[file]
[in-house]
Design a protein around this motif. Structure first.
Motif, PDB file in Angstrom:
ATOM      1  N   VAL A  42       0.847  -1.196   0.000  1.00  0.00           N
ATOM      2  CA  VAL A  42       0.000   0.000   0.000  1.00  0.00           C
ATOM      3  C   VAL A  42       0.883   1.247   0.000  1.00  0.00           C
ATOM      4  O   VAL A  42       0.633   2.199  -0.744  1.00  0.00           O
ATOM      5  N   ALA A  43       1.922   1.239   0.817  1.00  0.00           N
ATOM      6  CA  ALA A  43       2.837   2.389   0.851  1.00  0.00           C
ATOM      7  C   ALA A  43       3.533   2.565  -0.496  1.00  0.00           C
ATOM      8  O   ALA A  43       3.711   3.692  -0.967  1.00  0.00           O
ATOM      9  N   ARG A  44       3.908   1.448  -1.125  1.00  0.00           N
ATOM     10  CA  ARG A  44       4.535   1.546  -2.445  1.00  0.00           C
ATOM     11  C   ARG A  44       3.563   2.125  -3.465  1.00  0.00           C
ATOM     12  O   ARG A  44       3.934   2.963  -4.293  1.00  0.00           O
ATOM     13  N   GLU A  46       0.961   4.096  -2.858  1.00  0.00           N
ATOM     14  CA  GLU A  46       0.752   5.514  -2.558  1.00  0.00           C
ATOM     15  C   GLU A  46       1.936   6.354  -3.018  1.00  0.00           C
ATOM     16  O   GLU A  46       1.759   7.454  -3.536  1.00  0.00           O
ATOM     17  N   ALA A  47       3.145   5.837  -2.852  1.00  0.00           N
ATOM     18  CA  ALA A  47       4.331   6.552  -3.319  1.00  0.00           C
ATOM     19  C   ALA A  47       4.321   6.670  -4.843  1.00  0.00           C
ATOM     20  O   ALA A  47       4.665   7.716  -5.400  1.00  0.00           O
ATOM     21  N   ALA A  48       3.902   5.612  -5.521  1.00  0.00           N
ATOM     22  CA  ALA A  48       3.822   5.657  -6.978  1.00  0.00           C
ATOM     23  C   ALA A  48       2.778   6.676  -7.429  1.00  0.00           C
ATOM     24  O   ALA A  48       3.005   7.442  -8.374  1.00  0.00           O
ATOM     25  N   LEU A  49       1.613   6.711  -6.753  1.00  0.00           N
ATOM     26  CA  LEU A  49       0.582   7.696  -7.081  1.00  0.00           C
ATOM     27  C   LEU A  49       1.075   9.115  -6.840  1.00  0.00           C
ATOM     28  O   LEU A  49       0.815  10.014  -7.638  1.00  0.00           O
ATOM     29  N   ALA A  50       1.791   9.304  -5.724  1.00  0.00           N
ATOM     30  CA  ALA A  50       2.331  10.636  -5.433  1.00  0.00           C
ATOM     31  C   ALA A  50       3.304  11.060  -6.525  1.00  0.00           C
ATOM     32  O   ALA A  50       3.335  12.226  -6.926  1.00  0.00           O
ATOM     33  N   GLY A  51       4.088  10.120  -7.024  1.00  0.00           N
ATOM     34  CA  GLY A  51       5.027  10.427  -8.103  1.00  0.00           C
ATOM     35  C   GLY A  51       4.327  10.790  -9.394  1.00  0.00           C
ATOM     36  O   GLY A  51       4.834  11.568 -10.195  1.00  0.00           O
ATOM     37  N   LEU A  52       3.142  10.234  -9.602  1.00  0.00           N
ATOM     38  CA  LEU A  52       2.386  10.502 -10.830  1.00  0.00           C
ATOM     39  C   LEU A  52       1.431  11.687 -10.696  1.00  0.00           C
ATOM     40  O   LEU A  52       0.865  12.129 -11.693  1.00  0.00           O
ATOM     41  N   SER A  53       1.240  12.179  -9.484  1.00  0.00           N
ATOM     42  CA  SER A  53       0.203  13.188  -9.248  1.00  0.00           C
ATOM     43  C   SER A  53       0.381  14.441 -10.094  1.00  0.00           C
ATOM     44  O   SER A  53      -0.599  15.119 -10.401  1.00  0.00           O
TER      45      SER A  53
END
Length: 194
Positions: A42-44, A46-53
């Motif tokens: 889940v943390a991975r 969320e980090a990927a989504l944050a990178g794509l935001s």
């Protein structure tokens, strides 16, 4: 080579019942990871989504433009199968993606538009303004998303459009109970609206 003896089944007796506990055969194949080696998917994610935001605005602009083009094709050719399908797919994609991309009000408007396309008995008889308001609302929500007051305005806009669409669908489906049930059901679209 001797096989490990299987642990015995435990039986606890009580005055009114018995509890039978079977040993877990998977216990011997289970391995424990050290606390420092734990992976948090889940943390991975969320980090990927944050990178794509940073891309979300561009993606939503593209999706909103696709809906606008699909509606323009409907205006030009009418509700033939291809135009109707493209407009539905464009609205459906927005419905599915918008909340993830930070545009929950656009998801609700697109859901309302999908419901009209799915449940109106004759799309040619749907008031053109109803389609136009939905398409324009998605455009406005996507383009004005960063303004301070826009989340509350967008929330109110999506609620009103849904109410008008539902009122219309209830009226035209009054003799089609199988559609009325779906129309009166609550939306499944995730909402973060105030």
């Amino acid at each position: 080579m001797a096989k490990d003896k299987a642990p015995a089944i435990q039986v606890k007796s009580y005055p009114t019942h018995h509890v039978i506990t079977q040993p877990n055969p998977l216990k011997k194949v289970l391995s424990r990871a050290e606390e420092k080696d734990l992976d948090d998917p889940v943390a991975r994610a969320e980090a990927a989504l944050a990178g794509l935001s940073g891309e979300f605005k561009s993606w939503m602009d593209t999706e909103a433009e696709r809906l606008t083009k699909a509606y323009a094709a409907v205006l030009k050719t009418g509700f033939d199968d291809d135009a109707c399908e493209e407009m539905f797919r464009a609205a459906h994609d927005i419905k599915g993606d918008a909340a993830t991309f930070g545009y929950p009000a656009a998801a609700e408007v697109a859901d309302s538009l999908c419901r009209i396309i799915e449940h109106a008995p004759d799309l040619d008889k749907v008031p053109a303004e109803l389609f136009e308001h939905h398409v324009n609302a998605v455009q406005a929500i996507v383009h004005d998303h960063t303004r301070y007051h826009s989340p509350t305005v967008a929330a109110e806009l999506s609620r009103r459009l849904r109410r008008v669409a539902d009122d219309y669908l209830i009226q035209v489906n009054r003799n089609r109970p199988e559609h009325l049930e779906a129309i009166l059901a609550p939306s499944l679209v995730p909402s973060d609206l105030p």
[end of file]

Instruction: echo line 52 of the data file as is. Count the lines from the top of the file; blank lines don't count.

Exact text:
């Motif tokens: 889940v943390a991975r 969320e980090a990927a989504l944050a990178g794509l935001s």